1981 - Fellow of John Simon Guggenheim Memorial Foundation
The scientist’s investigation covers issues in Neuroscience, Biophysics, Depolarization, Patch clamp and Membrane potential. His Electrophysiology, Excitatory postsynaptic potential and Slice preparation study are his primary interests in Neuroscience. His research integrates issues of Glutamatergic and Neurotransmission in his study of Excitatory postsynaptic potential.
Specifically, his work in Biophysics is concerned with the study of Hyperpolarization. His Depolarization study integrates concerns from other disciplines, such as Agonist and Calcium, Voltage-dependent calcium channel. In his work, Glycine receptor, Rats sprague dawley, Neurotransmitter Agents and gamma-Aminobutyric acid is strongly intertwined with Rat brain, which is a subfield of Patch clamp.
His main research concerns Neuroscience, Internal medicine, Neurotransmission, Electrophysiology and Biophysics. Excitatory postsynaptic potential, Inhibitory postsynaptic potential, Patch clamp, Hypoglossal nucleus and Motor neuron are among the areas of Neuroscience where the researcher is concentrating his efforts. His Internal medicine research is multidisciplinary, incorporating elements of Endocrinology and Cardiology.
His Neurotransmission research is multidisciplinary, incorporating perspectives in Glycine receptor, Postsynaptic potential and Neurotransmitter. Much of his study explores Electrophysiology relationship to Depolarization. In his study, Tetrodotoxin is strongly linked to Reversal potential, which falls under the umbrella field of Depolarization.
His scientific interests lie mostly in Neuroscience, Neurotransmission, Inhibitory postsynaptic potential, Patch clamp and Hypoglossal nerve. His research in Neuroscience intersects with topics in Bicuculline and Glycine receptor. His biological study deals with issues like Excitatory postsynaptic potential, which deal with fields such as Synapse and Postsynaptic potential.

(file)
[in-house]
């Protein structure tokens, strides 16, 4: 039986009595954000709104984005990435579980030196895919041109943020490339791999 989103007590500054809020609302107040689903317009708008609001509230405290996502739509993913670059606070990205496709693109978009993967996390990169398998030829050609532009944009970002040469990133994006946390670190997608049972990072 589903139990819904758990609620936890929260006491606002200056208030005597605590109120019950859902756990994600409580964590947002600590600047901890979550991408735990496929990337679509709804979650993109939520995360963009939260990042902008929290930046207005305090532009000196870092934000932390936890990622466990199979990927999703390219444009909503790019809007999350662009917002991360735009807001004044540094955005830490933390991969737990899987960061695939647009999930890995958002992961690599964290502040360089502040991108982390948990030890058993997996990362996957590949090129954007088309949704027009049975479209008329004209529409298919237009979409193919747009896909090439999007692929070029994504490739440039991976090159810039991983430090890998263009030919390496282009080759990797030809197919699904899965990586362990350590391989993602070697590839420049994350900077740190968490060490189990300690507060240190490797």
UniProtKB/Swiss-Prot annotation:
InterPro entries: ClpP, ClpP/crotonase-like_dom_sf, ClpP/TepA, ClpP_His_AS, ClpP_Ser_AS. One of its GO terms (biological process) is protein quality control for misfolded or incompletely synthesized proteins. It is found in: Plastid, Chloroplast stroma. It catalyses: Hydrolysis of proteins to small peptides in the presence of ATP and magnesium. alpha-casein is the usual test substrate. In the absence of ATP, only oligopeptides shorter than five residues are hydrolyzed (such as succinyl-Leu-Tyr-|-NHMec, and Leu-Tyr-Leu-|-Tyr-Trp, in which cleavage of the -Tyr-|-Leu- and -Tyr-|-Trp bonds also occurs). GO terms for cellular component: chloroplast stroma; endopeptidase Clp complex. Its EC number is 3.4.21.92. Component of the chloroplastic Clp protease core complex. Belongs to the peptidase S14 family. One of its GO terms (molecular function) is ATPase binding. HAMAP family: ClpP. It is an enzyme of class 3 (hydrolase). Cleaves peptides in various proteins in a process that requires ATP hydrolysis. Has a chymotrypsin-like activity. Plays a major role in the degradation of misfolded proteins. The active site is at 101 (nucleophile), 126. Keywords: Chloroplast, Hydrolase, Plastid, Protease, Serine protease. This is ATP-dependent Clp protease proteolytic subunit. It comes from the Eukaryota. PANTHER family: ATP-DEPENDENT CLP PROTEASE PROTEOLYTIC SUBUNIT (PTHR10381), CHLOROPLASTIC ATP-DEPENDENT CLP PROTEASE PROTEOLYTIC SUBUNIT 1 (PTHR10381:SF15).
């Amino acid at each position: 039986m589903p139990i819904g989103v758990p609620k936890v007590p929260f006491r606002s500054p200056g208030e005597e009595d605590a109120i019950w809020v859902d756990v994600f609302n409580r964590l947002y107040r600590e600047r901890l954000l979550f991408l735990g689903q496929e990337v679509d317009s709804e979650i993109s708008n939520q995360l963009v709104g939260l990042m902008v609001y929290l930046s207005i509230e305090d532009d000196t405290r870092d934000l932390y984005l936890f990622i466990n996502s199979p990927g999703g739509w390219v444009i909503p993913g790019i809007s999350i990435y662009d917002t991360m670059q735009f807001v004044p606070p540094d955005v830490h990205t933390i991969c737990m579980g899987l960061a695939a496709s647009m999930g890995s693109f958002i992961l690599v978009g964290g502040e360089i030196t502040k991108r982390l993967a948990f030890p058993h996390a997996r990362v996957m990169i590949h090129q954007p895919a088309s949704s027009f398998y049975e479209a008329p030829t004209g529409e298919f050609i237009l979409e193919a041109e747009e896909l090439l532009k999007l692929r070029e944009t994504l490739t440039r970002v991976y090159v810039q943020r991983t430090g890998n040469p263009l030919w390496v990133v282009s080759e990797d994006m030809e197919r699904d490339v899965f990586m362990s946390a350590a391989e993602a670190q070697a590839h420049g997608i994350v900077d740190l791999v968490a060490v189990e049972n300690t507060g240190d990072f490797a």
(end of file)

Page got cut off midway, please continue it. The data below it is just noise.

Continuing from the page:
His Patch clamp research incorporates themes from gamma-Aminobutyric acid, Biophysics and Electric stimulation. The concepts of his gamma-Aminobutyric acid study are interwoven with issues in Depolarization, Electrophysiology and Membrane potential. Many of his research projects under Endocrinology are closely connected to Age groups with Age groups, tying the diverse disciplines of science together.
Albert J. Berger mainly investigates Neuroscience, Neurotransmission, Inhibitory postsynaptic potential, Patch clamp and Electric stimulation. The Neuroscience study combines topics in areas such as Expiration and Depolarization. Albert J. Berger performs integrative study on Expiration and Synchronization in his works.
His Depolarization study deals with the bigger picture of Biophysics. Resonance and Hypoglossal nerve are fields of study that overlap with his Electric stimulation research. His gamma-Aminobutyric acid study frequently links to adjacent areas such as Medulla oblongata.
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Cotransmission of GABA and glycine to brain stem motoneurons.
Jennifer A. O’Brien;Albert J. Berger.
Journal of Neurophysiology (1999)
Development of Glycinergic Synaptic Transmission to Rat Brain Stem Motoneurons
Joshua H. Singer;Edmund M. Talley;Douglas A. Bayliss;Albert J. Berger.
Journal of Neurophysiology (1998)
Multiple potassium conductances and their role in action potential repolarization and repetitive firing behavior of neonatal rat hypoglossal motoneurons
F. Viana;D. A. Bayliss;A. J. Berger.
Journal of Neurophysiology (1993)
Modulation of neonatal rat hypoglossal motoneuron excitability by serotonin.
Albert J. Berger;Douglas A. Bayliss;Félix Viana.
Neuroscience Letters (1992)
Involvement of serotonin in the excitation of phrenic motoneurons evoked by stimulation of the raphe obscurus
J. R. Holtman;Thomas E Dick;A. J. Berger.
The Journal of Neuroscience (1986)
Properties and function of low- and high-voltage-activated Ca2+ channels in hypoglossal motoneurons
M Umemiya;AJ Berger.
The Journal of Neuroscience (1994)
Inhibition of N- and P-type calcium currents and the after-hyperpolarization in rat motoneurones by serotonin.
D A Bayliss;M Umemiya;A J Berger.
The Journal of Physiology (1995)
Characteristics and postnatal development of a hyperpolarization-activated inward current in rat hypoglossal motoneurons in vitro
D. A. Bayliss;F. Viana;M. C. Bellingham;A. J. Berger.
Journal of Neurophysiology (1994)
Distribution of carotid sinus nerve afferent fibers to solitary tract nuclei of the cat using transganglionic transport of horseradish peroxidase
Neuroscience Letters (1979)
Actions of norepinephrine on rat hypoglossal motoneurons
M. A. Parkis;D. A. Bayliss;A. J. Berger.
Journal of Neurophysiology (1995)
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